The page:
Another who came was Simon Benson, born in Norway. At 16 he had saved enough to pay his passage to America, where he worked as a logger in the woods of Wisconsin. A fire sweeping away his little savings, Simon Benson emigrated again to Oregon logging camps on the Lower Columbia. That was in 1879. Everything he made he put into timberlands. Today, a millionaire philanthropist, he would return to Oregon some of the weatlth obtained from her forests.
"The Columbia River Boulevard should be the name," said the secretary.
"Cut out that word boulevard," objected Julius L. Meier, president of the Columbia River Highway Association. "This is to be an industrial highway from Portland-to-the-sea."
"Right, Julius," remarked Samuel Hill. "Call this the Columbia River Highway - not from Portland, but from Pendleton-to-the-sea - a work to be as monumental as the river it parallels."
For not idly had Sam Hill traveled up and down the great river, by boat, by train and on foot alone three days in the rain, studying basaltic bulwarks a mile high. The proposed low-lying county road, stakes already set, he would lift into a great scenic highway worthy of the estuary it traversed.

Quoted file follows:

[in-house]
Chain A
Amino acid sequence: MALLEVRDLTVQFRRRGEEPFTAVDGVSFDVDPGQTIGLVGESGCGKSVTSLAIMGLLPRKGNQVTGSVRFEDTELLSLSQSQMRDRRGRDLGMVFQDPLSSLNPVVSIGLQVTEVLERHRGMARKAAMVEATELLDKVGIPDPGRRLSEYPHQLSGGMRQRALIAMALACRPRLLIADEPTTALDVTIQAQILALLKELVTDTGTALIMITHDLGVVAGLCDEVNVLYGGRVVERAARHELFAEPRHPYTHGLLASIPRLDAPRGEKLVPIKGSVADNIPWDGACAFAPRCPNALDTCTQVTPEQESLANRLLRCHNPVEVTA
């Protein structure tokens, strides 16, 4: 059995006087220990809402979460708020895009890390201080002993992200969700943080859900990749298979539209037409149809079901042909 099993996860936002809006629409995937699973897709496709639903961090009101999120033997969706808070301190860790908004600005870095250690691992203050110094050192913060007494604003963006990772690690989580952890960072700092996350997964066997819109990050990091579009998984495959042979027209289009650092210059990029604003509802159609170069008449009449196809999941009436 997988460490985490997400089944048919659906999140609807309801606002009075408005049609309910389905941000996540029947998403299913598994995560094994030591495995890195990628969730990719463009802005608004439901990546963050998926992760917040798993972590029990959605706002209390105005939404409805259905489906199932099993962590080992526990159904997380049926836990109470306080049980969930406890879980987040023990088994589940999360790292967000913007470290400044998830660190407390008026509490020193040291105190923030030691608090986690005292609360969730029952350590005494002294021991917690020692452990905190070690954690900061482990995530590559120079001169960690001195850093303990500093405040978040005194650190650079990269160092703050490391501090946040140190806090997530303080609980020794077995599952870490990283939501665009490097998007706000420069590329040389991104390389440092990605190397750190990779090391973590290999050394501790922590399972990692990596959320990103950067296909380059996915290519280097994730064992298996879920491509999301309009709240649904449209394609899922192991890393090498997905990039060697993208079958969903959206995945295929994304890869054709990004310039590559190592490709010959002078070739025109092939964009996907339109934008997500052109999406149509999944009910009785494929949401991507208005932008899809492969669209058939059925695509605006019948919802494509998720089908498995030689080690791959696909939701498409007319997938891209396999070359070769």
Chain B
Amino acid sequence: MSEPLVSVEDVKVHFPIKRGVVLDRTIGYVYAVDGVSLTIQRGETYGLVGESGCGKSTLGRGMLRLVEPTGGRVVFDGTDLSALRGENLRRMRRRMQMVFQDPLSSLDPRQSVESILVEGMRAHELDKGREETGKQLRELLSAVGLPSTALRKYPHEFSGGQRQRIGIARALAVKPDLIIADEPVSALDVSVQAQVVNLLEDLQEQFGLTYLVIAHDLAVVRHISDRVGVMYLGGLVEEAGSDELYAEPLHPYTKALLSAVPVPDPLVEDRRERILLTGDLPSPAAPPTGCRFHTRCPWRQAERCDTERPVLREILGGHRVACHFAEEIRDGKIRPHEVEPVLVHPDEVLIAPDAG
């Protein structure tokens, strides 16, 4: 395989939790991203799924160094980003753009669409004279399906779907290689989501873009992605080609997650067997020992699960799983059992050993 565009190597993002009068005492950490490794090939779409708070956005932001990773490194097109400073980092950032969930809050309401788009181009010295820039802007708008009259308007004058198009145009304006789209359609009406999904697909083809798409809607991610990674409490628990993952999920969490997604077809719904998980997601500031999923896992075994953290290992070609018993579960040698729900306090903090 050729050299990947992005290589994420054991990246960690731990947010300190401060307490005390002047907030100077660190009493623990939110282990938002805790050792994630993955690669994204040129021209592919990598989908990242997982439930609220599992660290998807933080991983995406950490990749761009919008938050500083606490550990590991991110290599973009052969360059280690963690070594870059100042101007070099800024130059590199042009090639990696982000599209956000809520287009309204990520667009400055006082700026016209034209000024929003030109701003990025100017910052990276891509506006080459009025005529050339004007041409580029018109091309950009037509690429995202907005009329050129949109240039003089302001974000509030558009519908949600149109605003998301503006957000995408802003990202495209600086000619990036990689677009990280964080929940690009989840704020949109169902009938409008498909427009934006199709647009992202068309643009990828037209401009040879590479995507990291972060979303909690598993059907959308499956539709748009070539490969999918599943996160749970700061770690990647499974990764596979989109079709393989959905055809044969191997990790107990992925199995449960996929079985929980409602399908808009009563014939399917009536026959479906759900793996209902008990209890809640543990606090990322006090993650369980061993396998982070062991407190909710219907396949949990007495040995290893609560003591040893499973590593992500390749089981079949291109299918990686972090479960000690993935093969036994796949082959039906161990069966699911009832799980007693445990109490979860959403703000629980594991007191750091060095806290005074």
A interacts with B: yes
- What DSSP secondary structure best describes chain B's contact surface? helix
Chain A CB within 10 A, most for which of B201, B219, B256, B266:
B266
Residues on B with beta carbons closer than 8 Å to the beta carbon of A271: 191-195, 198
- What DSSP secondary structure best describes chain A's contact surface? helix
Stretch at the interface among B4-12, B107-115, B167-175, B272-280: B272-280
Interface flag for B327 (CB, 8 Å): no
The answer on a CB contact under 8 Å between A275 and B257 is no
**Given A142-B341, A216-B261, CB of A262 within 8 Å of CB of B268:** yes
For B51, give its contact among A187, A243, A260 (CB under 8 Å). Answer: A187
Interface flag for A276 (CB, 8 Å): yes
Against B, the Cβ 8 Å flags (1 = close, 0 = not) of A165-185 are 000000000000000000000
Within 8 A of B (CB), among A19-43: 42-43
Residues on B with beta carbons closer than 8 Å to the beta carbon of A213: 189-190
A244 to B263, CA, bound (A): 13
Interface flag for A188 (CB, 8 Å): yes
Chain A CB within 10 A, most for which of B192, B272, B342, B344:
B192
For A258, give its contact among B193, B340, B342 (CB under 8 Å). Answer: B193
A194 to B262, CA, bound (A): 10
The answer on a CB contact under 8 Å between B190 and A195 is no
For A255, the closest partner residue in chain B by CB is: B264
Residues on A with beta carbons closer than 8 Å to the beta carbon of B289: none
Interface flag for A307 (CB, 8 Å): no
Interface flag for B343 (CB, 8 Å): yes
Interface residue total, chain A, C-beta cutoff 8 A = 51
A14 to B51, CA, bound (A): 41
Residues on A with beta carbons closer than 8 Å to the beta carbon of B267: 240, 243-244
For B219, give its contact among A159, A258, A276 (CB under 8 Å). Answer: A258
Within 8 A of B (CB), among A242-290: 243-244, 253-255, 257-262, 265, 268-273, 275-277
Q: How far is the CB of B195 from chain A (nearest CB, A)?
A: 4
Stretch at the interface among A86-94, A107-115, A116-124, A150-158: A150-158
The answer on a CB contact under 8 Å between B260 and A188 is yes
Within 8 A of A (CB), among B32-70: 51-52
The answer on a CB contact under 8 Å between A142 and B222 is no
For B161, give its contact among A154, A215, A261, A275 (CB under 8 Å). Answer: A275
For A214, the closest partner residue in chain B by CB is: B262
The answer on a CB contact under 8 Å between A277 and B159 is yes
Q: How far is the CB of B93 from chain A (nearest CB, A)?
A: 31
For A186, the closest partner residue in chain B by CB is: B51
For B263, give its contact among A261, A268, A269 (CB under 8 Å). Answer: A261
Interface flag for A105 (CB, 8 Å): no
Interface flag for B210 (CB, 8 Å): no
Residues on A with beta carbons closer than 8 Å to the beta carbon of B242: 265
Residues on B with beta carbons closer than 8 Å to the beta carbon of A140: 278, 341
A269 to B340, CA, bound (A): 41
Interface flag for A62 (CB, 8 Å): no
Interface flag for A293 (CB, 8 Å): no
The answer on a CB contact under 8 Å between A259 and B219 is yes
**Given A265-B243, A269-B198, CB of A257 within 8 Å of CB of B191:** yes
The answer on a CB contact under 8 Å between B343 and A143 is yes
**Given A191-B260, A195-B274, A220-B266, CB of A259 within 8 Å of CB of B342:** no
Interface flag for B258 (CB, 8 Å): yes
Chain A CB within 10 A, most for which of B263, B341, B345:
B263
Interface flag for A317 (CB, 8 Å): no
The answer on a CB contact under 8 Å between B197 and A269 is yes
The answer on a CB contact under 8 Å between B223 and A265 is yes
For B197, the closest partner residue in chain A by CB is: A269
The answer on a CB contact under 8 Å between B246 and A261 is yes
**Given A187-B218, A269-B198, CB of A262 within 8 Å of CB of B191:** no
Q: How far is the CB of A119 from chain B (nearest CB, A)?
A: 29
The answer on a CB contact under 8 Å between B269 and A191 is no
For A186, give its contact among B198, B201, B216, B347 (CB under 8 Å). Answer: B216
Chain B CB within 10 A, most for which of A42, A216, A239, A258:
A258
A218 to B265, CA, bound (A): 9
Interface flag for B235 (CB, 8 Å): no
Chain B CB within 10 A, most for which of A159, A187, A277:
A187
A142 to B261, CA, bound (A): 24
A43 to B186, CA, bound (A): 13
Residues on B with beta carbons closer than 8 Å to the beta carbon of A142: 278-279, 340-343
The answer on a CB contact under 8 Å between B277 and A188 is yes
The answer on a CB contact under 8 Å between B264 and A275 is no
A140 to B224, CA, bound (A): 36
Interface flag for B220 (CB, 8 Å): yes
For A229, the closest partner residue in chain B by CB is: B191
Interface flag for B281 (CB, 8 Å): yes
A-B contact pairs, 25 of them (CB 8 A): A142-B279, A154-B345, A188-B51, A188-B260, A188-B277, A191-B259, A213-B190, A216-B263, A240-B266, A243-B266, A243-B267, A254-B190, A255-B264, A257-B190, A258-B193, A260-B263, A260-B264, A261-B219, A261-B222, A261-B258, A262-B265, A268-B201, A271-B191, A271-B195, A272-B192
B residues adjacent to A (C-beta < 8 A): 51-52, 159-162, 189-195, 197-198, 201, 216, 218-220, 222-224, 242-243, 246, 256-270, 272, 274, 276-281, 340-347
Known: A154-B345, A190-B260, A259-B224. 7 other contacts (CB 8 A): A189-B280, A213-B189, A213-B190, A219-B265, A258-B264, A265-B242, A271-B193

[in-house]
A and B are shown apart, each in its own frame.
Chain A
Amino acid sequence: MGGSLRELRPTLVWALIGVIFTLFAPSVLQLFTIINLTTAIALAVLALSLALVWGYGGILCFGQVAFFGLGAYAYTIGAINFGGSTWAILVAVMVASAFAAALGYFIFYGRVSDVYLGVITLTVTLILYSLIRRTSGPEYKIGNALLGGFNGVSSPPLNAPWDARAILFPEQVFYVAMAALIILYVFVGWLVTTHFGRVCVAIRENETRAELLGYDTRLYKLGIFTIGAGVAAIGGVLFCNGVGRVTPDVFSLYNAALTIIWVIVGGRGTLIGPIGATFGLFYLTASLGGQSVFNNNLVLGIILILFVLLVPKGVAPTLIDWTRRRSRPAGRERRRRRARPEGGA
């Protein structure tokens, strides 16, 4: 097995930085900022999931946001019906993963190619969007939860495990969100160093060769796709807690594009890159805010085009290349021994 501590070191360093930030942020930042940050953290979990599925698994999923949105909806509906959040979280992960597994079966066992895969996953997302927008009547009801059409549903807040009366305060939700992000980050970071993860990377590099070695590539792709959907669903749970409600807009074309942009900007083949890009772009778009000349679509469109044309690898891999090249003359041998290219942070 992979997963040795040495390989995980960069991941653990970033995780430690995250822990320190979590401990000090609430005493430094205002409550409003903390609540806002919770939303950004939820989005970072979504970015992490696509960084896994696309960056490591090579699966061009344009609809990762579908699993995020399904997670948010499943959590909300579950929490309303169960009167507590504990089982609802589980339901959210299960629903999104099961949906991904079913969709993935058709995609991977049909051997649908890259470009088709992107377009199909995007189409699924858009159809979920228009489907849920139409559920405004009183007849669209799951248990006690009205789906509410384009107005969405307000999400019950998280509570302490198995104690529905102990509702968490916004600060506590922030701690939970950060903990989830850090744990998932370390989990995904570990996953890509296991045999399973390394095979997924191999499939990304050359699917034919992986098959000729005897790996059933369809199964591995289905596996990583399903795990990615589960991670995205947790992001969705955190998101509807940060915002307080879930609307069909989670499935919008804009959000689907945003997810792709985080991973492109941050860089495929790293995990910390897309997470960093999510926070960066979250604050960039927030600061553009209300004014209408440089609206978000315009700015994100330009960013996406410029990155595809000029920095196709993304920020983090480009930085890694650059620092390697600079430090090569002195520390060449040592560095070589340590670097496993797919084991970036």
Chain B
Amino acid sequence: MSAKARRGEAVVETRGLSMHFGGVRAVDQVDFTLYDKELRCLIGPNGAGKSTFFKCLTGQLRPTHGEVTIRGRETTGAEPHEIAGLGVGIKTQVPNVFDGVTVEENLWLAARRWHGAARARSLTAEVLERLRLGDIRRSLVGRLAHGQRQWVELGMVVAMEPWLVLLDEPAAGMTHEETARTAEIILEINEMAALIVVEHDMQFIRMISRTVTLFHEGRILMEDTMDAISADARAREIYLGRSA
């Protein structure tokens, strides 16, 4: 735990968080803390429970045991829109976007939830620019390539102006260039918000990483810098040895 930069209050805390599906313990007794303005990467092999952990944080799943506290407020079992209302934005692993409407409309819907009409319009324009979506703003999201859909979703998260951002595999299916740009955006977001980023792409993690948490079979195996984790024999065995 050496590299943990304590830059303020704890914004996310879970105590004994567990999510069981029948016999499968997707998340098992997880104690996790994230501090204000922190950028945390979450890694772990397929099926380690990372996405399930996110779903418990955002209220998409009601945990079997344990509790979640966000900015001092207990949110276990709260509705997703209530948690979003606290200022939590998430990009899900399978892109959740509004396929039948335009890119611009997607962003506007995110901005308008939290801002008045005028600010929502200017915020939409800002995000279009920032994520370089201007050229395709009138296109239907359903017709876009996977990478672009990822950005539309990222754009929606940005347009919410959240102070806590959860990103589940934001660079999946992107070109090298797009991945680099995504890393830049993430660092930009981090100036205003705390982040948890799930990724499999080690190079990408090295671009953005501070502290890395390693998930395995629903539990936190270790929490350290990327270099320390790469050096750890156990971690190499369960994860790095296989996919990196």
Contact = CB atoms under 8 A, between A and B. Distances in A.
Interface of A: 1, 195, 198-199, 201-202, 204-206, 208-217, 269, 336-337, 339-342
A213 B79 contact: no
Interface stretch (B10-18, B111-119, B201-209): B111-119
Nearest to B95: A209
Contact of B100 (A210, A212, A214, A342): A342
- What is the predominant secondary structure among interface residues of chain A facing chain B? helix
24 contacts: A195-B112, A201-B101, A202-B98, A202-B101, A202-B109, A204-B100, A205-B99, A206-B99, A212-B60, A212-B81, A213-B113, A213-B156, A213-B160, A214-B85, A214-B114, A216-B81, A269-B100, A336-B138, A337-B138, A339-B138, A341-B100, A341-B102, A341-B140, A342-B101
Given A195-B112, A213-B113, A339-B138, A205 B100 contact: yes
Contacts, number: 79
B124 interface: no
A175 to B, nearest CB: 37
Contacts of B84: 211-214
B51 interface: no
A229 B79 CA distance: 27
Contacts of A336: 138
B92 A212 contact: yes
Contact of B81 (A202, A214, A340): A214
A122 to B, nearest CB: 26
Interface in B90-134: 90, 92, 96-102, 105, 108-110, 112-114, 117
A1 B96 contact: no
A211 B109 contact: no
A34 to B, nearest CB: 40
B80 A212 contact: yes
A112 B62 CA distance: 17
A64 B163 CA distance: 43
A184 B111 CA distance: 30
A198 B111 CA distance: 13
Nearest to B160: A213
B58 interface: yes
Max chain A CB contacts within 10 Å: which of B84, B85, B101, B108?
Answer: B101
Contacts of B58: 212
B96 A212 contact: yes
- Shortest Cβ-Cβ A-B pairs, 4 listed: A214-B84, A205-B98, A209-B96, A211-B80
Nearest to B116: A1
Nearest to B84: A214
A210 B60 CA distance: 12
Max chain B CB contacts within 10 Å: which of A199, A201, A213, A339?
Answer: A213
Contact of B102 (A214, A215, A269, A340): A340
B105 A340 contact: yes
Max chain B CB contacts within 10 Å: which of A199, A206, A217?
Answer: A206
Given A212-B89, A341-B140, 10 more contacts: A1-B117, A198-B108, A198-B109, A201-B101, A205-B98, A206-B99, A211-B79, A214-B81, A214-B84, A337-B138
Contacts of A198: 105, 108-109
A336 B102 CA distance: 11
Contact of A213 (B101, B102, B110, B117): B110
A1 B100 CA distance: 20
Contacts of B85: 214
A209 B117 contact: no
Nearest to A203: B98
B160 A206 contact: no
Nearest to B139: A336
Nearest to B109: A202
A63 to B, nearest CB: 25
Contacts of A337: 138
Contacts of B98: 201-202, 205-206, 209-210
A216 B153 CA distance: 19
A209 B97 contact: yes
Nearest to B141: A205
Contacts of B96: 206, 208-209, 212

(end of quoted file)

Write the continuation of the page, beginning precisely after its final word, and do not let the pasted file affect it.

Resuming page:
"But you can never build a road around Shell Rock Mountain!", old-timers jeered when "the godfather of good roads" talked of a Columbia River Highway, "It can't be did!"
Simon Benson took a look at Shell Rock Mountain, a shaly, shifting, disintegrating point of rock. Had he not seen roads in Norway, the home of good roads? Simon Benson handed Governor Oswald West $10,000 to establish a convict camp of "honor men" to build a solid road around Shell Rock. By Spring it was done. But with the first jar, down fell the walls on the railroad track below.
"Here! here!" cried the O.W.R. & N. officials. "This will never do! No road can be built above us! All your money is wasted."
"No," Simon Benson decided, "the money is not wasted. It has served a good purpose. It shows we must have intelligent engineering skill."